• Fibrosing or Sclerotic: These BCCs are usually found on the face and look similar to scars. They are usually firm, ill-defined at the border, flat or slightly depressed, yellowish in color, and the surface tends to be smooth and shiny.
  • Superficial: This type comprises about 15% of BCCs. They spread outward from a red, well-defined, scaly patch and are most commonly found on the trunk and limbs. They are easily confused with psoriasis or eczema.
  • Fibroepithelioma of Pinkus: This is a rare type of BCC. It tends to be a smooth, elevated, small nodule found on the back, extremities, groin, or sole of the foot. As those are not sun-exposed areas, this disease is probably not sun-related.


Regardless of the appearance of BCC, a biopsy is the only way to make a definitive diagnosis. A skin biopsy is a removal of skin tissue for examination under a microscope. There are several types of skin biopsies. The right procedure for you depends on a few factors, including whether the lesion is raised above your skin.

  • Shave biopsy: Using this type of biopsy, your doctor would take a sample of your tissue by using a thin surgical blade to shave off the top layers of skin. This is the most common method for diagnosing BCC.
  • Punch biopsy: This type of biopsy uses a round, small device that functions somewhat like a cookie-cutter. It is used to take a deeper skin sample.
  • Lymph node biopsy: If there is a concern that your cancer may have spread to a nearby lymph node, your doctor may take a sample of tissue from the lymph node for examination.

Staging and Grading

Tumor staging is a classification used to describe the size of a tumor and how much it has spread. The grading of a tumor describes how fast-growing the cells are. Your physical examination and biopsy are both used for tumor staging and grading.


Your treatment depends on the type, extent, and location of your lesion. Although BCC doesn't typically spread to distant organs (metastasize), the lesions can eventually cause disfigurement and should be removed as soon as possible. The treatment required to remove them is much simpler and less likely to cause significant scarring when they are small.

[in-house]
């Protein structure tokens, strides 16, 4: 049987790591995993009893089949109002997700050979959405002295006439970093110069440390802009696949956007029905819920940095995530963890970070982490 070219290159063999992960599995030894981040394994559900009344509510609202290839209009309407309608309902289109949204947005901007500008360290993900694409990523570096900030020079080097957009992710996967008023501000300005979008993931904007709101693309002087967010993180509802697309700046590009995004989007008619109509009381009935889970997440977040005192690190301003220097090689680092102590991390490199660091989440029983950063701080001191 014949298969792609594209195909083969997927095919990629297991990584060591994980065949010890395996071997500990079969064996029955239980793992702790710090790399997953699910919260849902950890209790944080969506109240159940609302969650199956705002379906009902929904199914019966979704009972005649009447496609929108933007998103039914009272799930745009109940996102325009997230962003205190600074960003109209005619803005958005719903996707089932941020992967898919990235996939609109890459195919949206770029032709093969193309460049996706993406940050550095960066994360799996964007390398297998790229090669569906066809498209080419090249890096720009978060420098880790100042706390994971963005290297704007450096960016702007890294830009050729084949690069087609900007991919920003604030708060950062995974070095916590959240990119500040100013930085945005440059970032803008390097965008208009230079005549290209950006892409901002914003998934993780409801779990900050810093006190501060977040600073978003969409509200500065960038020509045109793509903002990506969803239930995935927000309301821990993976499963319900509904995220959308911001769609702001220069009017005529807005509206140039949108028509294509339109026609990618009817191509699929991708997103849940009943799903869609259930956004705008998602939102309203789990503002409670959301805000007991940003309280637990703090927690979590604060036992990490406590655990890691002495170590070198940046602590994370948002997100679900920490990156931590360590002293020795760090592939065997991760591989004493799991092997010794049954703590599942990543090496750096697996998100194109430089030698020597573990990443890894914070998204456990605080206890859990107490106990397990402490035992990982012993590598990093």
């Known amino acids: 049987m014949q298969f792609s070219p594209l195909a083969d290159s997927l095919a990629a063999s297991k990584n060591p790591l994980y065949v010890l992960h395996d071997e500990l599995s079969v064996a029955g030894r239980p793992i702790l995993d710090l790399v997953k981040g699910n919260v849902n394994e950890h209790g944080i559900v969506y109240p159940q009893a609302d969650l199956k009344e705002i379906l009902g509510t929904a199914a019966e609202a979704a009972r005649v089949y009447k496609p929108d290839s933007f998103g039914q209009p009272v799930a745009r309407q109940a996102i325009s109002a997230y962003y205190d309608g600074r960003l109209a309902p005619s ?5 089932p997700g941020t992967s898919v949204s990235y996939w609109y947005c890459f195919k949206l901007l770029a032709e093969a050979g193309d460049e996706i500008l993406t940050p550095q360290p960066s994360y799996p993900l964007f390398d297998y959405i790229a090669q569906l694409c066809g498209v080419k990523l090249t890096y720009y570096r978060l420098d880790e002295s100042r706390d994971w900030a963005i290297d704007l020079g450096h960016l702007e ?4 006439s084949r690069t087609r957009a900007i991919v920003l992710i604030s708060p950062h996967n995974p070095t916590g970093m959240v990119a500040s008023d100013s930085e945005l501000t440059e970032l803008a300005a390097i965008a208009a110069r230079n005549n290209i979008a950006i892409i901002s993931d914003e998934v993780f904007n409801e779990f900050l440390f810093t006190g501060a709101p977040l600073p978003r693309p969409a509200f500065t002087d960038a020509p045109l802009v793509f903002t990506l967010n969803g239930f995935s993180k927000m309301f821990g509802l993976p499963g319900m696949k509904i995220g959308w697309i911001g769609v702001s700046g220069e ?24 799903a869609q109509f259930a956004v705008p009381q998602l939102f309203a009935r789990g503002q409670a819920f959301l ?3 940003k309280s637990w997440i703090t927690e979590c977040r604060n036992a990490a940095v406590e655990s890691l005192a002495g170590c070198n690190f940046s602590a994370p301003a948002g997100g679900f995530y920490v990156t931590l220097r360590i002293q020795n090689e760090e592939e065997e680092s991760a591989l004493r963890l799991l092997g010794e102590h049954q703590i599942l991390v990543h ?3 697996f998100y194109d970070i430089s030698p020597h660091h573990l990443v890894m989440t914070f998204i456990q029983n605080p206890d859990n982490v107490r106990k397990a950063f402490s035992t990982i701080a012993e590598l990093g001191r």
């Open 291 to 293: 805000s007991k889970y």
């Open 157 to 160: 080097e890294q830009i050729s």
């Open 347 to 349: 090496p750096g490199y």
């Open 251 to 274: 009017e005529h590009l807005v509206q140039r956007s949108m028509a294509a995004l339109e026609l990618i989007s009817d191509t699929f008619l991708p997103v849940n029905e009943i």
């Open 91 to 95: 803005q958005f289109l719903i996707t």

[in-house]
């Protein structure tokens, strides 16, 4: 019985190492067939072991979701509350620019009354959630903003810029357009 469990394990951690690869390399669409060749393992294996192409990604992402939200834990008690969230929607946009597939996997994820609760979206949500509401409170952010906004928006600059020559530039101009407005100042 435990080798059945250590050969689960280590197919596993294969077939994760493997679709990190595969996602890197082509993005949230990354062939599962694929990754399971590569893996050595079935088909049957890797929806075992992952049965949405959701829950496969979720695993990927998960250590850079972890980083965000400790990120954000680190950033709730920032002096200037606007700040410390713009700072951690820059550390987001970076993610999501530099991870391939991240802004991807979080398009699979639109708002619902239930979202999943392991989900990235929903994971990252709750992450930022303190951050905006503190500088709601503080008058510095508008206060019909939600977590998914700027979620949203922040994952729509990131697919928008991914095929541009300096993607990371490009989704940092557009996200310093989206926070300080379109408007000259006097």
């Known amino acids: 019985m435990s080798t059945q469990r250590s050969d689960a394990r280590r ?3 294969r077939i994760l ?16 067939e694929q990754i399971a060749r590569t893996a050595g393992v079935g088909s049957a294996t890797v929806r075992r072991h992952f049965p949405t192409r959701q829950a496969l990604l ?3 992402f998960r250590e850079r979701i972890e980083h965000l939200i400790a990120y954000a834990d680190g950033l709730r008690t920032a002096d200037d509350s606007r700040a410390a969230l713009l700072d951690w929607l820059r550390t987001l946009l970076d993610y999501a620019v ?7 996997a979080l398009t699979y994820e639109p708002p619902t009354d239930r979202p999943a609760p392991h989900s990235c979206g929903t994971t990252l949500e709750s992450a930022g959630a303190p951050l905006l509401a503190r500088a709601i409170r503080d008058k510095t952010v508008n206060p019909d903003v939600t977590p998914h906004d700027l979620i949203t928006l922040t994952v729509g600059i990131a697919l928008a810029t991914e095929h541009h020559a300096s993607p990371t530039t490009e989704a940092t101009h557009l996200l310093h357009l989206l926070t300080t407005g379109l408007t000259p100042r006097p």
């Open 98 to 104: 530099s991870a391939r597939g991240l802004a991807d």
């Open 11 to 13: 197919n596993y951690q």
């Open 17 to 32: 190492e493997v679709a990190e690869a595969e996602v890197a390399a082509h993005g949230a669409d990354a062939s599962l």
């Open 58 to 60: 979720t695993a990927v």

Methods commonly used to treat BCC include:

  • Curettage and electrodesiccation: This procedure involves scraping the tumor and electrically burning it to remove the cancer cells.
  • Surgical excision (removal): Your whole lesion, and possibly metastasis, can be removed surgically.
  • Mohs surgery (micrographic surgery): This is a specialized procedure in which your doctor will remove the area that appears cancerous and send it for a microscopic evaluation to confirm whether all of the cancer has been removed. You may need to have a deeper area surgically removed until it is confirmed that the whole cancerous area has been resected.
  • Aldara (imiquimod) is a topical cream approved for treatment of BCC. It peels away the cancerous lesion.
  • Radiation therapy is an option for some tumors, especially if they are located in an area that is not optimal for surgery, such as the ear.

If basal cell carcinoma is left untreated, the lesions can grow and may eventually ulcerate (break through the skin) or damage the surrounding tissue or bone. While it is rare—there are individuals who have lost an eye, nose, or ear due to untreated BCC.

Lesions that have spread need to be treated with chemotherapy specific for BCC.

A Word From Verywell

Basal cell carcinoma is the most common — but also one of the most curable — of all cancers.

However, even after effective treatment, a person with a history of BCC has a greater likelihood of developing a second BCC than someone with no history of the condition. You need to be especially vigilant about prevention if you have a history of BCC.

Avoiding excessive sun or tanning bed exposure is an important part of preventing skin cancer. Wearing protective clothing and using sunscreen can help you enjoy the outdoor warm-weather without excessive UV light exposure. This is important for children and adults.

And regular skin self-exams can help you catch any lesions at an early stage before they grow or spread.

Keep in mind that it isn't healthy to completely avoid the sun—not only is sunlight a source of vitamin D, a lack of sunlight is associated with seasonal affective disorder. Moderation is the key.